Guys,"S" curves are not evil if they are plan right..A short straight section will work after all this isn't a high speed main line.Also recall industrial areas *may* have locomotive restrictions such as no 6 axles units may operate on (name of the industrial park)trackage.Look again at those curves in the photos..Not exactly high speed curves are they?
All I am saying closer attention to the prototype will answer thousands of layout design questions in such areas as industrial parks and warehouse areas that will separate fact from fiction.


mtrpls,I like your design and its prototypical..I highly suggest adding the 2 crossovers for a short run around.
 

RexHea

RAIL BENDER
Gandy/Brakie: I sure am glad to see you speak-up about "S" curves. You are so correct in that not all are "EVIL". Gads, I have them all over the place, but they are not any tight curves involved. And, yes the 9" staight track negates any bad effects the S would have in his plan. (Heck, he could probably get by without even that.)
 
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MLW

Active Member
Looks great! Great layout idea:)





But I must admit I really, really, really like this picture:




:D :D :D :D
 

mtrpls

Ignorance is Patriotic
OK, above is a revised plan. As you can see, I added 2' to the module, making it 18' long in total. Some of the biggest changes from the previous version:

1. The "S" curve has been stretched, making it nice and broad.

2. The track in green has been added; this track will serve two purposes. First, it will be a storage track for when the warehouses are switched. Incoming local train will drop of inbound loaded cars at this track, then retrieve empty cars from the sidings. Empty cars will then go on the storage track, and the switcher will spot the loads at the warehouses. What's more, the orange lead track directly below Aspen Distributing and International Paper can be a continuation of this "yard" track, since only one industry - infrequently switched - is east of there.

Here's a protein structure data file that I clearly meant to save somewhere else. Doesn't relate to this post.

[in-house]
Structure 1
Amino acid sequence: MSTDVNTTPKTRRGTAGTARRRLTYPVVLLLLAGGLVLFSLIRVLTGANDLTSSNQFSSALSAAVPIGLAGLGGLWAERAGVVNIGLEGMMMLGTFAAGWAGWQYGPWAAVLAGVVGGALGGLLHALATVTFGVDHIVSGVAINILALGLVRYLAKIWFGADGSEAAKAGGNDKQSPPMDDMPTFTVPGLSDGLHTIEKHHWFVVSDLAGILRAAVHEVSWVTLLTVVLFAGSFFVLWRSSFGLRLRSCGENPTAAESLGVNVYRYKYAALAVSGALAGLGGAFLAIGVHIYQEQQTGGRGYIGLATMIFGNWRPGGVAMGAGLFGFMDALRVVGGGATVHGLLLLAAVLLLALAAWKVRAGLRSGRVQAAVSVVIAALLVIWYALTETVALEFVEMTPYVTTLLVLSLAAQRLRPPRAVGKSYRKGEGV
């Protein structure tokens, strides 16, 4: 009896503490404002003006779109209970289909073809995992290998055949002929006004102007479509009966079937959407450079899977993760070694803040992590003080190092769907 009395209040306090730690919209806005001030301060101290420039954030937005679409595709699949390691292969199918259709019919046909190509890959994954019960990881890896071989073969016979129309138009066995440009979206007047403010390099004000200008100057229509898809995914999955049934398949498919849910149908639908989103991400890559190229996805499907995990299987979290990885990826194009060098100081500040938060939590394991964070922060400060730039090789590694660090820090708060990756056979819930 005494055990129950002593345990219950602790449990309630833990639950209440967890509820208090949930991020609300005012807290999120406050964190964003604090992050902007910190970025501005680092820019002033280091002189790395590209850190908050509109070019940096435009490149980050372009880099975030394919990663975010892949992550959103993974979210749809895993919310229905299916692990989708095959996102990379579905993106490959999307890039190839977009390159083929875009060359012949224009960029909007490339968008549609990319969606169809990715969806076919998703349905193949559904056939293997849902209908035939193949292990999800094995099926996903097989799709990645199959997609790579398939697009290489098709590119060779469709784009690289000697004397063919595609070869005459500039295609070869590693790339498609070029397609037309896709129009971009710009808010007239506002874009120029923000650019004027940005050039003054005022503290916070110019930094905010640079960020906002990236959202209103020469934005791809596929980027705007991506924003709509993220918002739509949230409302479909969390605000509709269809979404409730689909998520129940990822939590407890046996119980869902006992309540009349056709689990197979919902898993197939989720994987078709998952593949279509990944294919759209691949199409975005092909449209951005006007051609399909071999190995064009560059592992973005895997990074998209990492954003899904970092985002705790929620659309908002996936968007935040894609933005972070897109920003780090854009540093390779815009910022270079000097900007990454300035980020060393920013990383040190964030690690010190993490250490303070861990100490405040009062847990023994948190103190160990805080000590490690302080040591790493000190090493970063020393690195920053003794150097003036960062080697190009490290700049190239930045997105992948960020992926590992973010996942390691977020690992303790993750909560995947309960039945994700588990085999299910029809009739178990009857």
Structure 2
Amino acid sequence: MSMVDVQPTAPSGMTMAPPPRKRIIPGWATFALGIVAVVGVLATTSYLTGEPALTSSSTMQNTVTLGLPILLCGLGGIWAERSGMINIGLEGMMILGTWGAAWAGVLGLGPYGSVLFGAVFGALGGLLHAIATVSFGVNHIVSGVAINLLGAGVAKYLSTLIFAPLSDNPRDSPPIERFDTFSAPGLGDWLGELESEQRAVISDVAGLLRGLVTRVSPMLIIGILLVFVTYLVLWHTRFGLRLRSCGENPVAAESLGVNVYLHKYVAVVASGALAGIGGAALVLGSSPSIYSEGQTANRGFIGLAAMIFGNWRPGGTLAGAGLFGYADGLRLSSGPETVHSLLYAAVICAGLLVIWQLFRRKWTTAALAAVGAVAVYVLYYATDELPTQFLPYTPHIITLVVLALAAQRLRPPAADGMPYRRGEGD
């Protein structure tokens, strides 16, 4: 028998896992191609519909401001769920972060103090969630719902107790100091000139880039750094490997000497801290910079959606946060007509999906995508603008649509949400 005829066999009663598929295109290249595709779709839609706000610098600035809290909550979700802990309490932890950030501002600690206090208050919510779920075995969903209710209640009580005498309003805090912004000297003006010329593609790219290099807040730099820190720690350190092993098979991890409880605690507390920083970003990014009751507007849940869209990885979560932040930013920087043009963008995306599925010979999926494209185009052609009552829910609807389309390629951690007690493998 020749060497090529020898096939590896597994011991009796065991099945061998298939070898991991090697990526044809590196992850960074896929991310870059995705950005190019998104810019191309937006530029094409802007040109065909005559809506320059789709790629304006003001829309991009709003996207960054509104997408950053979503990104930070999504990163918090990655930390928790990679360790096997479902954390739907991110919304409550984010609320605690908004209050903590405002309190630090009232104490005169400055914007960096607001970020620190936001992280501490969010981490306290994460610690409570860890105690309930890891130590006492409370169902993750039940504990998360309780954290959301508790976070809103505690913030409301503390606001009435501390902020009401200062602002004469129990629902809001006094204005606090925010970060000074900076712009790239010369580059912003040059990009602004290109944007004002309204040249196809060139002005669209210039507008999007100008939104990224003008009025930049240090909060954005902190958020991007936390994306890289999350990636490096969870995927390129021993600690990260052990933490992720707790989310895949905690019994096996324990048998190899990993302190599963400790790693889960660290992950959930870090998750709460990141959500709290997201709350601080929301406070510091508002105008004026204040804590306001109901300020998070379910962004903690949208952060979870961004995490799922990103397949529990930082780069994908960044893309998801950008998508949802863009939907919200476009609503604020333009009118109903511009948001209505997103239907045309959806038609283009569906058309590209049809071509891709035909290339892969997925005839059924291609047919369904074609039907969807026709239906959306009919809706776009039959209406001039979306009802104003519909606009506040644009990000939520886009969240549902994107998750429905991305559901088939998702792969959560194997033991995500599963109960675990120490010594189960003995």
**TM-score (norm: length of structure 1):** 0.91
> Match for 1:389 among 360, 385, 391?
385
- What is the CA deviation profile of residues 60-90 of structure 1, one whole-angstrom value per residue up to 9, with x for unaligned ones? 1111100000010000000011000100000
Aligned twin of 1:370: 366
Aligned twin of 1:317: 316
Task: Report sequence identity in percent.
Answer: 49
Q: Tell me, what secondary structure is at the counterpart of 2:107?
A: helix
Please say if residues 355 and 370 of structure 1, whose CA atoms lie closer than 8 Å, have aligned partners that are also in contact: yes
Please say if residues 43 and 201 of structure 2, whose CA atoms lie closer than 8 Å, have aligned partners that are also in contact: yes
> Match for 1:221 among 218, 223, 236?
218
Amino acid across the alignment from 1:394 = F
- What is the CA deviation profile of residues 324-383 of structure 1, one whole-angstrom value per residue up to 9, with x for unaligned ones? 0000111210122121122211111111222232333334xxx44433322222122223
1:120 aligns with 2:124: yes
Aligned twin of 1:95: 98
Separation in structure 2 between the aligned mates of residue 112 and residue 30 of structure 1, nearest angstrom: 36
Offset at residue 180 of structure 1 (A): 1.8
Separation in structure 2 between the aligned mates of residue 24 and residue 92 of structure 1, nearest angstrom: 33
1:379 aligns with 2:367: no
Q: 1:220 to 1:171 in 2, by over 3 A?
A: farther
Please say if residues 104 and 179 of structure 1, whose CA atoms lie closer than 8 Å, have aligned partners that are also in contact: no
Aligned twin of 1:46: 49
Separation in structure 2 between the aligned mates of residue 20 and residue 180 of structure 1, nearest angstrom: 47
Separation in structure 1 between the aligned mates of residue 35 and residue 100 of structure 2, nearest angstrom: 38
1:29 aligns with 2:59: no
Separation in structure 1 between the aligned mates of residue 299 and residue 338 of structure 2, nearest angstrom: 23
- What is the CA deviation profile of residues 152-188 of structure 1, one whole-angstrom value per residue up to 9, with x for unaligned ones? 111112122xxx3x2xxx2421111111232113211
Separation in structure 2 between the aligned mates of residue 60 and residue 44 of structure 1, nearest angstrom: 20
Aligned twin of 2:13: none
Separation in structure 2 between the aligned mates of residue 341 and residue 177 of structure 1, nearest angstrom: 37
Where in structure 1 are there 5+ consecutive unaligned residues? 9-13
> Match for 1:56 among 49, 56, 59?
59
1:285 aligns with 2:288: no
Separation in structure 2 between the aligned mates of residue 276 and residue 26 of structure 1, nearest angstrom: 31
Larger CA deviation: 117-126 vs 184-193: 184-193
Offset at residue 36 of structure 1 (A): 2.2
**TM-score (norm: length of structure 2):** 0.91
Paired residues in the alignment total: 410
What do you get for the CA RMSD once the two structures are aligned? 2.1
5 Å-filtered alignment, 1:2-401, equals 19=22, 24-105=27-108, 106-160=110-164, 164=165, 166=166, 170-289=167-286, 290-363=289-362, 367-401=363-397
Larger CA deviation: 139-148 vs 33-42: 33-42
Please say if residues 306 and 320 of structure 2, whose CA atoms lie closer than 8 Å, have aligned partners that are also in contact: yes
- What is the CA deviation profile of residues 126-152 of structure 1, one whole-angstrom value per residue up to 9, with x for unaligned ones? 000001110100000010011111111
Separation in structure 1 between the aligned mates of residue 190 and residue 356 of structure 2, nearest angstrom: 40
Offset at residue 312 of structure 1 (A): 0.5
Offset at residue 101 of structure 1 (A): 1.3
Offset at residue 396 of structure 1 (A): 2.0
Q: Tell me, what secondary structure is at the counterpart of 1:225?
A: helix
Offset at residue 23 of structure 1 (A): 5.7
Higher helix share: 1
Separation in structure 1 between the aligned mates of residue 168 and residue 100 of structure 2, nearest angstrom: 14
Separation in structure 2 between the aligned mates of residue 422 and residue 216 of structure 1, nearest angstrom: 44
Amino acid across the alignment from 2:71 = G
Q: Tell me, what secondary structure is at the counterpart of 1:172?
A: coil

Second, when BlueLynx lumber yard is switched, it will allow for a runaround move. (I have decided to switch BlueLynx separately with its own dedicated train. It's such a large customer, and 4 or 5 centerbeams and a boxcar is good to justify a dedicated local train.)

3. The track in orange is the industry lead. Notice as it leads to the left, there are two possible routes. The route at the top (the dead end spur) will be the preferred lead so as to avoid tying up the mainline. In rare instances where a train is too long for that lead, the orange lead that connects with the mainline can be used.

I'm thinking of adding a crossover between the two mainline tracks so that a mainline train can route around a local train in rare instances when the local is tying up the main.

OK, what do you think?
 
mtrpls said:
2. The track in green has been added; this track will serve two purposes. First, it will be a storage track for when the warehouses are switched. Incoming local train will drop of inbound loaded cars at this track, then retrieve empty cars from the sidings. Empty cars will then go on the storage track, and the switcher will spot the loads at the warehouses. What's more, the orange lead track directly below Aspen Distributing and International Paper can be a continuation of this "yard" track, since only one industry - infrequently switched - is east of there.
While this is a good reason to add the section. I liked the way it looked it better without it. It congests the scene, and distracts from what I thought was the main focus - the actual industries. It gives it a very eastern look. Of course being an NYC modeler you might want this. But it is not Coloradoish at all.
 

mtrpls

Ignorance is Patriotic
^true, true, but all the disgruntled old geezers at the club get pissed when I block the main! ;)
 

Brakie

Member